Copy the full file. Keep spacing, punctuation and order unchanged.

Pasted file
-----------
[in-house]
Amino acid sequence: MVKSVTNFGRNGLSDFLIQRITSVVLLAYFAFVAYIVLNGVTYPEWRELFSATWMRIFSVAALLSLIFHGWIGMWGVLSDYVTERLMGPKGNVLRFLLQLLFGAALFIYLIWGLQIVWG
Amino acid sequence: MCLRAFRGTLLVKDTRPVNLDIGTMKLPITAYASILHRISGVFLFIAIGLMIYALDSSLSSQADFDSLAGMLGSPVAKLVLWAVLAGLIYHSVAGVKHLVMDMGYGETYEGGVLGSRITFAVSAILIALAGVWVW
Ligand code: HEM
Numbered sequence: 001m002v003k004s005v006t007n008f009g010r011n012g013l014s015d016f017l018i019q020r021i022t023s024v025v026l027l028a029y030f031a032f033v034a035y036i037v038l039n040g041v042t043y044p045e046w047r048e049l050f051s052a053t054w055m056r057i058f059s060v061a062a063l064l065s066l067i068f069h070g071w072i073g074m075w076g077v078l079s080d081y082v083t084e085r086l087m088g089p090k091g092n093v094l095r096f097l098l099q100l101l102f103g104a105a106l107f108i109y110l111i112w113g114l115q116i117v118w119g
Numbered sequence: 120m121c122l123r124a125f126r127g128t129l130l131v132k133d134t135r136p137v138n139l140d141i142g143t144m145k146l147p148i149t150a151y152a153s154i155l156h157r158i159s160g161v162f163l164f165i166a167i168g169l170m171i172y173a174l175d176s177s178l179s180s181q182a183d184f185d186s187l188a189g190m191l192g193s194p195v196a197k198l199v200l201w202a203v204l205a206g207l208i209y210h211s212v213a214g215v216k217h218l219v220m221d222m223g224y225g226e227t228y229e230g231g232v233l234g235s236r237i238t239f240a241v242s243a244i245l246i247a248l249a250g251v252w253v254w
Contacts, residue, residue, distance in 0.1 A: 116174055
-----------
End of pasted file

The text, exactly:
[in-house]
Amino acid sequence: MVKSVTNFGRNGLSDFLIQRITSVVLLAYFAFVAYIVLNGVTYPEWRELFSATWMRIFSVAALLSLIFHGWIGMWGVLSDYVTERLMGPKGNVLRFLLQLLFGAALFIYLIWGLQIVWG
Amino acid sequence: MCLRAFRGTLLVKDTRPVNLDIGTMKLPITAYASILHRISGVFLFIAIGLMIYALDSSLSSQADFDSLAGMLGSPVAKLVLWAVLAGLIYHSVAGVKHLVMDMGYGETYEGGVLGSRITFAVSAILIALAGVWVW
Ligand code: HEM
Numbered sequence: 001m002v003k004s005v006t007n008f009g010r011n012g013l014s015d016f017l018i019q020r021i022t023s024v025v026l027l028a029y030f031a032f033v034a035y036i037v038l039n040g041v042t043y044p045e046w047r048e049l050f051s052a053t054w055m056r057i058f059s060v061a062a063l064l065s066l067i068f069h070g071w072i073g074m075w076g077v078l079s080d081y082v083t084e085r086l087m088g089p090k091g092n093v094l095r096f097l098l099q100l101l102f103g104a105a106l107f108i109y110l111i112w113g114l115q116i117v118w119g
Numbered sequence: 120m121c122l123r124a125f126r127g128t129l130l131v132k133d134t135r136p137v138n139l140d141i142g143t144m145k146l147p148i149t150a151y152a153s154i155l156h157r158i159s160g161v162f163l164f165i166a167i168g169l170m171i172y173a174l175d176s177s178l179s180s181q182a183d184f185d186s187l188a189g190m191l192g193s194p195v196a197k198l199v200l201w202a203v204l205a206g207l208i209y210h211s212v213a214g215v216k217h218l219v220m221d222m223g224y225g226e227t228y229e230g231g232v233l234g235s236r237i238t239f240a241v242s243a244i245l246i247a248l249a250g251v252w253v254w
Contacts, residue, residue, distance in 0.1 A: 116174055